Doughty notes his study can also help predict the impact “of further extinctions—a fate fast approaching many of the large animals that remain—and examine the likely impact thousands of years into the future.”
The extinct glyptodon was the size of a small car. Illustration by: Pavel Riha/Creative Commons 3.0.
CITATION: Christopher E. Doughty, Adam Wolf & Yadvinder Malhi. The legacy of the Pleistocene megafauna
extinctions on nutrient availability in Amazonia. Nature Geoscience (2013). doi:10.1038/ngeo1895
Seeing the forest through the elephants: slaughtered elephants taking rainforest trees with them
(03/11/2013) Elephants are vanishing. The booming illegal ivory trade is decimating the world’s largest land animal, but no place has been harder hit than the Congo basin and its forest elephants (Loxodonta cyclotis). The numbers are staggering: a single park in Gabon, Minkebe National Park, has seen 11,100 forest elephants killed in the last eight years; Okapi Faunal Reserve in the Democratic Republic of the Congo has lost 75 percent of its elephants in fifteen years; and a new study in PLoS ONE estimates that in total 60 percent of the world’s forest elephants have been killed in the last decade alone. But what does that mean for the Congo forest?
Humans killed off magnificent Australian megafauna, flipping rainforest into savannah
(03/27/2012) The theory that humans, and not climate change, was primarily responsible for the extinction of giant marsupials in prehistoric Australia takes another step forward with a new study in Science. Exploring sediment cores for past evidence of big herbivores, researchers found that the arrival of humans coincided with the loss of a menagerie of magnificent beasts, from giant kangaroos to fearsome marsupial lions and monster birds to Komodo dragon-like reptiles. The decline of this megafauna ultimately led to ecological changes that may have caused Australia’s rainforest to become savannah.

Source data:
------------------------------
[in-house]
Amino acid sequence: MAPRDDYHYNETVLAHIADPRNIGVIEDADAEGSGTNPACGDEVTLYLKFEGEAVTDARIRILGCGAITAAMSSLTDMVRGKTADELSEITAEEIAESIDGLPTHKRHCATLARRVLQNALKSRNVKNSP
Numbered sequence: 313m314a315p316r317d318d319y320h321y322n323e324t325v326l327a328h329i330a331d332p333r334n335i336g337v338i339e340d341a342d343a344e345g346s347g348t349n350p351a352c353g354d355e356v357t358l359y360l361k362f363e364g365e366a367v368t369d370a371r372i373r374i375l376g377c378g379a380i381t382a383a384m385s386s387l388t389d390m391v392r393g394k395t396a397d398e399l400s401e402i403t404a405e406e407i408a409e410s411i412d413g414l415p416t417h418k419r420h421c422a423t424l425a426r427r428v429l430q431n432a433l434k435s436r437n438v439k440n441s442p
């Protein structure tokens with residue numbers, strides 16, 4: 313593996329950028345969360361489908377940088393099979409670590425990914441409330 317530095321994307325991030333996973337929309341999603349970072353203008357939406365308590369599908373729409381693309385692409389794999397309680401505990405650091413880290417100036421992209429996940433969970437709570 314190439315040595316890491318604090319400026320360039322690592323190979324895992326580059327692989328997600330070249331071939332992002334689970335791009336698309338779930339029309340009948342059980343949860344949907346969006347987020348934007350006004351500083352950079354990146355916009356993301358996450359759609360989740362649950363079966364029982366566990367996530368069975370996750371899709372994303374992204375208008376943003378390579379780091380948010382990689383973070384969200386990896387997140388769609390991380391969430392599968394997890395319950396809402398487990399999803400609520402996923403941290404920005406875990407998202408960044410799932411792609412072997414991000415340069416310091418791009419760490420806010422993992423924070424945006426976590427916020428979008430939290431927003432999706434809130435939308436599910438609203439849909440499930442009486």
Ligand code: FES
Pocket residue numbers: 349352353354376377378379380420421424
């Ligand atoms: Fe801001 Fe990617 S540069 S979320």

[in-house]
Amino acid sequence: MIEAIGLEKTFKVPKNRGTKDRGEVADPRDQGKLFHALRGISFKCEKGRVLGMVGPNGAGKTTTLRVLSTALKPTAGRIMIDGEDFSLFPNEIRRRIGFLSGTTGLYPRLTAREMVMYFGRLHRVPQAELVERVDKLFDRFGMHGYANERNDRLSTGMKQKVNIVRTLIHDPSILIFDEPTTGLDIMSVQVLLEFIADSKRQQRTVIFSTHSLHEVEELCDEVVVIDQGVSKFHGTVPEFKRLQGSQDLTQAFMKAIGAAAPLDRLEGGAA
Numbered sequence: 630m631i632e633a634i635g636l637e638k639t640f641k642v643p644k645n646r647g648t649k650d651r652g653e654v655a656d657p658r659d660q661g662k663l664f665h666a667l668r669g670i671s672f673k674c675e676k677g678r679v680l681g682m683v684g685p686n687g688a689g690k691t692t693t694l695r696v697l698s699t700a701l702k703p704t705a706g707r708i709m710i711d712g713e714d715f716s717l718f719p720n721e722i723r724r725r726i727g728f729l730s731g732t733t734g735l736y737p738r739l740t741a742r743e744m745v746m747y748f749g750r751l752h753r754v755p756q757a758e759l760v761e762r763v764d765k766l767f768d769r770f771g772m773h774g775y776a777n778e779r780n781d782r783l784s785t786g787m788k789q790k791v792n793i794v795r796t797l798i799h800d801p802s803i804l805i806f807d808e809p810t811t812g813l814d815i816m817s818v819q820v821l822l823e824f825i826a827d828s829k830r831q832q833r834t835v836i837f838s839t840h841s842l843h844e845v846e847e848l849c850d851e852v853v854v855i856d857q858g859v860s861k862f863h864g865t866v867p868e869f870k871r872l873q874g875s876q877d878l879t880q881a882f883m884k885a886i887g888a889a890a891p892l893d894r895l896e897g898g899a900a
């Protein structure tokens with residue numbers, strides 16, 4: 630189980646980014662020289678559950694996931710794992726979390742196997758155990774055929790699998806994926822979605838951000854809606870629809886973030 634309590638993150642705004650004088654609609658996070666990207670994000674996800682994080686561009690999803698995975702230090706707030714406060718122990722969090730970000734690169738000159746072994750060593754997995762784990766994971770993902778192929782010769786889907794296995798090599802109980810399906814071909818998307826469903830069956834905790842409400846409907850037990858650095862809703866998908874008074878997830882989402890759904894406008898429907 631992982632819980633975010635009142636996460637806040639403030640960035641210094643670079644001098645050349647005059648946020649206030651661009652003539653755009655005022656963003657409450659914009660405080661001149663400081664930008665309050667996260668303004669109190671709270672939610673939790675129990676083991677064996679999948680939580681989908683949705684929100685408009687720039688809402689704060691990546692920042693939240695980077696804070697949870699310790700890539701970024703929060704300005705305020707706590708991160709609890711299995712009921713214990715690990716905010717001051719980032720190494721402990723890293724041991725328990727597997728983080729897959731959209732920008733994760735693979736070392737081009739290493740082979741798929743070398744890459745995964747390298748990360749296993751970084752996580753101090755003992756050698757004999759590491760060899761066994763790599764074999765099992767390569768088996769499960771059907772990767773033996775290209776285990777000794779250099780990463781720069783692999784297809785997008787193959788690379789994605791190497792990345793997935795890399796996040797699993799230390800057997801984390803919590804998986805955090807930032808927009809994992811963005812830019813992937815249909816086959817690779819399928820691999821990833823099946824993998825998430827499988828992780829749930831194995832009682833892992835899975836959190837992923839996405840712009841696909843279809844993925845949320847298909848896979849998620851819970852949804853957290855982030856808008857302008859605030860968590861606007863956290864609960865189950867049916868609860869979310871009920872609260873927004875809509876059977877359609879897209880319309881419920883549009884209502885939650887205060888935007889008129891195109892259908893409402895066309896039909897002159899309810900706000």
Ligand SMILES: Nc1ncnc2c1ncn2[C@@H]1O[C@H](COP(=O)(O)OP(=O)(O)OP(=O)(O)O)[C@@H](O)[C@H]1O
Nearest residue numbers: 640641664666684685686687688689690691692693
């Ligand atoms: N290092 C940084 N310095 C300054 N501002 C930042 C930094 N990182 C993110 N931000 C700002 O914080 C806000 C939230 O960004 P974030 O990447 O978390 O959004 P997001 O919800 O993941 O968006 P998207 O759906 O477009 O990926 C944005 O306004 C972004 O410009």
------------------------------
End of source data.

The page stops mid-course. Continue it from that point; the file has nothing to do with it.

When giant coyotes roamed the Earth
(02/27/2012) Not long ago, geologically speaking, coyotes (Canis latrans) were bigger and more robust than today’s animals. In the late Pleistocene, over 10,000 years ago, coyotes rivaled grey wolves (Canis lupus) in size. But, according to a new paper in the Proceedings of the National Academy of Sciences (PNAS), coyotes shrunk significantly following the megafaunal extinction—including the disappearance of big herbivores like giant sloths and mastodons and predators like the smilodon—due to changes in prey and predator competition.
(10/25/2011) In 2009 poachers shot and killed the world’s last Vietnamese rhinoceros (Rhinoceros sondaicus annamiticus), a subspecies of the Javan rhino, confirms a report from International Rhino Foundation (IRF) and the World Wide Fund for Nature (WWF). The Vietnamese rhino was the last Javan rhino to survive on the Asian mainland and the second subspecies to vanish, following the extinction of the Indian Javan rhino (rhinoceros sondaicus inermis). The Javan rhino is the world’s most imperiled rhino species with now only around 50 individuals surviving in a single park on its namesake island in Indonesia.